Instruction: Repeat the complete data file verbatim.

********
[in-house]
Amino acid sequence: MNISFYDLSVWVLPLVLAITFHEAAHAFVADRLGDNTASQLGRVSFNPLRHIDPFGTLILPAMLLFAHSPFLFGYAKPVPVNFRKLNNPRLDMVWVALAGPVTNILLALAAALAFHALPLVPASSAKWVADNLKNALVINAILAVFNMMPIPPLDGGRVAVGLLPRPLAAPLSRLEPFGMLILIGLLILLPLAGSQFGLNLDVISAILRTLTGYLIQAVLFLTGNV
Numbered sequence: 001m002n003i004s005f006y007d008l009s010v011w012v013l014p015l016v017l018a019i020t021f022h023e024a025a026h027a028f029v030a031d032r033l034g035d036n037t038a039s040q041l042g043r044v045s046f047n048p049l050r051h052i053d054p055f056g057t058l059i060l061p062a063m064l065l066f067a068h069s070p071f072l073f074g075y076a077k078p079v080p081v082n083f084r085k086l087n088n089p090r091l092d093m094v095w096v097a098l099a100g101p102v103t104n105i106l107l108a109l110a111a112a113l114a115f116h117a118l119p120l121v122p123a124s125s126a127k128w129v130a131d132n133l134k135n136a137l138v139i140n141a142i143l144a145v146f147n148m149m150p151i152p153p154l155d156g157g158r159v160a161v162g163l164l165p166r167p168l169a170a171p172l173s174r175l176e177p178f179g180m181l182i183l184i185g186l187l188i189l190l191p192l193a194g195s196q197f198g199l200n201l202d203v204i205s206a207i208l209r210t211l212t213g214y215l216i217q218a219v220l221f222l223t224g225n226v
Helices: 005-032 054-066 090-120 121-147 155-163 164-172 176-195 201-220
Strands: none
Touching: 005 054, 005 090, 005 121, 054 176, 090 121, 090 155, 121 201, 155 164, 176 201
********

[in-house]
Amino acid sequence: MNISFYDLSVWVLPLVLAITFHEAAHAFVADRLGDNTASQLGRVSFNPLRHIDPFGTLILPAMLLFAHSPFLFGYAKPVPVNFRKLNNPRLDMVWVALAGPVTNILLALAAALAFHALPLVPASSAKWVADNLKNALVINAILAVFNMMPIPPLDGGRVAVGLLPRPLAAPLSRLEPFGMLILIGLLILLPLAGSQFGLNLDVISAILRTLTGYLIQAVLFLTGNV
Numbered sequence: 001m002n003i004s005f006y007d008l009s010v011w012v013l014p015l016v017l018a019i020t021f022h023e024a025a026h027a028f029v030a031d032r033l034g035d036n037t038a039s040q041l042g043r044v045s046f047n048p049l050r051h052i053d054p055f056g057t058l059i060l061p062a063m064l065l066f067a068h069s070p071f072l073f074g075y076a077k078p079v080p081v082n083f084r085k086l087n088n089p090r091l092d093m094v095w096v097a098l099a100g101p102v103t104n105i106l107l108a109l110a111a112a113l114a115f116h117a118l119p120l121v122p123a124s125s126a127k128w129v130a131d132n133l134k135n136a137l138v139i140n141a142i143l144a145v146f147n148m149m150p151i152p153p154l155d156g157g158r159v160a161v162g163l164l165p166r167p168l169a170a171p172l173s174r175l176e177p178f179g180m181l182i183l184i185g186l187l188i189l190l191p192l193a194g195s196q197f198g199l200n201l202d203v204i205s206a207i208l209r210t211l212t213g214y215l216i217q218a219v220l221f222l223t224g225n226v
Helices: 005-032 054-066 090-120 121-147 155-163 164-172 176-195 201-220
Strands: none
Touching: 005 054, 005 090, 005 121, 054 176, 090 121, 090 155, 121 201, 155 164, 176 201